I’m aware that it must be all over the internet that the lifespan of a breast implant is 10 years.
And, like all things in medicine, the issue just isn’t that simple. In short, plastic surgeons use a 10-year period to discuss the risk of needing to go back to surgery for some sort of implant-related issue. Because of us choosing this timeline, the common perception is that implants somehow last 10 years and then just run out of steam, but this simply isn’t true. In fact, there is a greater chance that a patient will not have to go back to surgery in 10 years than a chance that she will.
But just how long do they last then? And what are the new complication rates for the more advanced, modern implants? Well that’s a difficult question to answer until we have more data.When the US Food & Drug Administration finally lifted its 14-year ban on silicone breast implants for use in the US in November 2006 it set some restrictions and limitations.One of those was that the manufacturers of the silicone implants are obliged to collect follow-up data on 40,000 implant users for 10 years following surgery.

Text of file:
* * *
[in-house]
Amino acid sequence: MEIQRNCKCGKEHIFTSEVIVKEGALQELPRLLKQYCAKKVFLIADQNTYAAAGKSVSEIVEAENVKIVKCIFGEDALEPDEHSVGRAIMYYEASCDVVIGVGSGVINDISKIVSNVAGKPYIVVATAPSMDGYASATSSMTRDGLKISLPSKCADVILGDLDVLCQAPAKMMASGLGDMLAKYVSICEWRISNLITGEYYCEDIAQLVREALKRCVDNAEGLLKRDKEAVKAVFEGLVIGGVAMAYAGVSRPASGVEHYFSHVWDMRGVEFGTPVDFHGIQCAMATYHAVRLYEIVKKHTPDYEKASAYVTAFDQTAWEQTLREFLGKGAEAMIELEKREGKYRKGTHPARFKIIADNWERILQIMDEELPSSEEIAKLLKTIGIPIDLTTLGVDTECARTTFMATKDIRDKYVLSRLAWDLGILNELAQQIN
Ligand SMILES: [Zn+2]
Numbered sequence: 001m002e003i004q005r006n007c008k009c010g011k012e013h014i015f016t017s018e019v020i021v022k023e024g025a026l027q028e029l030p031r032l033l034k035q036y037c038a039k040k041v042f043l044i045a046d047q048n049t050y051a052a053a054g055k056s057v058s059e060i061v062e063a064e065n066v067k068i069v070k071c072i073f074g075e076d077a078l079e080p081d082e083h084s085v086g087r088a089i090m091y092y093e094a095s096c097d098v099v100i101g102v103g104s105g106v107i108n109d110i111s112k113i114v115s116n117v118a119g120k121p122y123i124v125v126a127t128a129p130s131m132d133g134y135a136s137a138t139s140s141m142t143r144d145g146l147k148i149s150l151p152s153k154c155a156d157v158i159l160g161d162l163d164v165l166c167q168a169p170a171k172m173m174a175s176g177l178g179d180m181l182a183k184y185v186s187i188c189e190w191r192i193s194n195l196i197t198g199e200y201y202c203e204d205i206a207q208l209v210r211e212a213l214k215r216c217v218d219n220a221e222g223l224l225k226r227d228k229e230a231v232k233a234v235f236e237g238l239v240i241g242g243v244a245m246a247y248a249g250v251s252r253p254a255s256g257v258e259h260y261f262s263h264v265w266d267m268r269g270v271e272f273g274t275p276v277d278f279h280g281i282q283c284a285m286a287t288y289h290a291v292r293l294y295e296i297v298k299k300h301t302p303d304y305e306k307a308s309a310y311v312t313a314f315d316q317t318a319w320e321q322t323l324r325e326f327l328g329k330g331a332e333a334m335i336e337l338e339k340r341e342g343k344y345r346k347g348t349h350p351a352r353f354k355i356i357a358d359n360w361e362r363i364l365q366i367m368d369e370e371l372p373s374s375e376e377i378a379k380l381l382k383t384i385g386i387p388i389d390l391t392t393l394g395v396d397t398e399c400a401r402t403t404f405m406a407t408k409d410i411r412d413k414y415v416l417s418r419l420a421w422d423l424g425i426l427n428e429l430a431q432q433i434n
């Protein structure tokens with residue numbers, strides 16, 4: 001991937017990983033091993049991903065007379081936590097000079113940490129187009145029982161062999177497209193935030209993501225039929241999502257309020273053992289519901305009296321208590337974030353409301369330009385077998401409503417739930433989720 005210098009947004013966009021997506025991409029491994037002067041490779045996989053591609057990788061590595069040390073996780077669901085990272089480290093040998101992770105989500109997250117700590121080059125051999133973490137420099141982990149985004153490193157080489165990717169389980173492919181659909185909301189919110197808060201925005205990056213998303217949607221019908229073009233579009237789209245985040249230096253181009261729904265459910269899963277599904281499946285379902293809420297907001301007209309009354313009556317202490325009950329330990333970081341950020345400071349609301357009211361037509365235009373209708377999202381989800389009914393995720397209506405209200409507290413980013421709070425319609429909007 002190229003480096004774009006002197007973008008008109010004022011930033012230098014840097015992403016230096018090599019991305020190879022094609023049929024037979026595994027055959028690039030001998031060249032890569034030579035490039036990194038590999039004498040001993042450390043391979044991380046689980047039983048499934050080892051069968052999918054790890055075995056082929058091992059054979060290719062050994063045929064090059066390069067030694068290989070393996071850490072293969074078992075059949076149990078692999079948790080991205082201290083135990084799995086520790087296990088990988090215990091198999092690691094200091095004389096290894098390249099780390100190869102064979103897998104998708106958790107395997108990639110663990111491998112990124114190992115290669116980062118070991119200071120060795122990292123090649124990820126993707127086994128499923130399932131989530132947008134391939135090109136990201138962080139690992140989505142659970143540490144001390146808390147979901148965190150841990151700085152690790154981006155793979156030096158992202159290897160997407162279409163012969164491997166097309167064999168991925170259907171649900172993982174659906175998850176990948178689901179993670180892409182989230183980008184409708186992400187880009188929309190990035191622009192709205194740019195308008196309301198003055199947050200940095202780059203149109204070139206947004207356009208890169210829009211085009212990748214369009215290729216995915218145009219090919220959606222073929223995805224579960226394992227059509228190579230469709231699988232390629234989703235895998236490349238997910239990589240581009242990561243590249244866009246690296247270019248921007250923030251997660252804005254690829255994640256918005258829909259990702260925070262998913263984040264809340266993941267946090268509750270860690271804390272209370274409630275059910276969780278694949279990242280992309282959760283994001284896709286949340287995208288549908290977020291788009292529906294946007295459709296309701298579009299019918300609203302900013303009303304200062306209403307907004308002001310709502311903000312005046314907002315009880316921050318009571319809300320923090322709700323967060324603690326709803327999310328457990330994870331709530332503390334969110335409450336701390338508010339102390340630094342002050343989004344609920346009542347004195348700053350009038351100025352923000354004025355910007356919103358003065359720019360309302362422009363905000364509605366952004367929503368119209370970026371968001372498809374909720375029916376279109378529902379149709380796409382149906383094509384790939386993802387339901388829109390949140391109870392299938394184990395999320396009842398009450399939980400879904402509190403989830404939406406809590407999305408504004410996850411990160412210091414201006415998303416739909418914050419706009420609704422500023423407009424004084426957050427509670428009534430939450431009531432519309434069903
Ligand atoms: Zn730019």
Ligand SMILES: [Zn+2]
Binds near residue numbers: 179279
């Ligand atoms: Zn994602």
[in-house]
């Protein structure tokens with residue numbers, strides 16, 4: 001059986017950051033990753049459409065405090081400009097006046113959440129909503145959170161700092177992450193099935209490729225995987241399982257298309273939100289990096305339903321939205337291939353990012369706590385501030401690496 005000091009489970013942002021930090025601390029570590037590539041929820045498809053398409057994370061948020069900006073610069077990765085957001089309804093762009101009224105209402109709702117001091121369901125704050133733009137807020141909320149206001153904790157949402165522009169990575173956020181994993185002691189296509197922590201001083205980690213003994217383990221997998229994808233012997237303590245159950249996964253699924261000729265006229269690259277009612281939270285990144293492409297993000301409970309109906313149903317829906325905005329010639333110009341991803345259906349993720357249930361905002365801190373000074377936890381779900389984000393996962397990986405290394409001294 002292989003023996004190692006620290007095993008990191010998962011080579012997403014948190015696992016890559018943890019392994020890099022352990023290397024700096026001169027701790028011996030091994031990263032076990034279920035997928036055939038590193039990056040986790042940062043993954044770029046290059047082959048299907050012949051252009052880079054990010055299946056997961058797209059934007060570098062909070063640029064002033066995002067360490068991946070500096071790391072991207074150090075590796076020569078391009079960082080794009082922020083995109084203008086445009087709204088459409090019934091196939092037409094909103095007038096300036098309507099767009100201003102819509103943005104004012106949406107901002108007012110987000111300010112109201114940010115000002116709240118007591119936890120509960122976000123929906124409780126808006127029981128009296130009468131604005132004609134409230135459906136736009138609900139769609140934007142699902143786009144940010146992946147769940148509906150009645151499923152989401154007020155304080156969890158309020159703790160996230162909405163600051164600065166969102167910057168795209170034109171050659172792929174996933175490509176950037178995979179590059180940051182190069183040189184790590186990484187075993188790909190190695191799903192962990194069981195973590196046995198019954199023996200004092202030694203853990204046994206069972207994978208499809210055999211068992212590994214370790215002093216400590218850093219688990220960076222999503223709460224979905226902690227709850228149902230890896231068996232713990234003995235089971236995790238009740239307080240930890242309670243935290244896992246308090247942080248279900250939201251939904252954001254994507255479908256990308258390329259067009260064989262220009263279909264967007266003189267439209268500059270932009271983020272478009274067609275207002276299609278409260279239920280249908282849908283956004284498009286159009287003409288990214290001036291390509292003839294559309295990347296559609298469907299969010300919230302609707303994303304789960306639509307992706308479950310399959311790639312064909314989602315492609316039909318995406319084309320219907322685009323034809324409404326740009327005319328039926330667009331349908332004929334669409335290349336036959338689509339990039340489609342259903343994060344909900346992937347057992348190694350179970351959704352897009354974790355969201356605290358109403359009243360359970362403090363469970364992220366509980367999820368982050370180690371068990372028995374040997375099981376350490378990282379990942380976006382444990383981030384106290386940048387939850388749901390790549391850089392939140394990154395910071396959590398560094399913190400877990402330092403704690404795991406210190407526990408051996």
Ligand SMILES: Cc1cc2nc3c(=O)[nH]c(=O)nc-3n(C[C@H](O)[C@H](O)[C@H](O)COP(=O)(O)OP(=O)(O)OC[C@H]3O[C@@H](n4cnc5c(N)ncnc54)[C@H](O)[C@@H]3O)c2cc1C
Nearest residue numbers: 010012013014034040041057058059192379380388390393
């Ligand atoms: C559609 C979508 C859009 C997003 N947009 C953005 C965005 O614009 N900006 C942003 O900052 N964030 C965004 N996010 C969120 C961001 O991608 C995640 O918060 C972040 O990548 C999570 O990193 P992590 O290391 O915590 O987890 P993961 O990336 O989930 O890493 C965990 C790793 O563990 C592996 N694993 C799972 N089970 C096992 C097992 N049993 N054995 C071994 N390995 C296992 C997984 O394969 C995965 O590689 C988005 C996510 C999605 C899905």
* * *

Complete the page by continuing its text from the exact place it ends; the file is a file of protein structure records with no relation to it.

This was a very conservative step, especially since the FDA approval was based on safety studies carried out over the previous 10 years.The next 10 years will surely settle the question of implant lifespan.
Silicone implants have been in use worldwide without restriction for over thirty years and in the US for reconstructive surgery and approved trials throughout the years of the FDA ban.Studies show that silicone implants are as long lasting and safe as saline implants and that both, while classified as non permanent, can last a lifetime.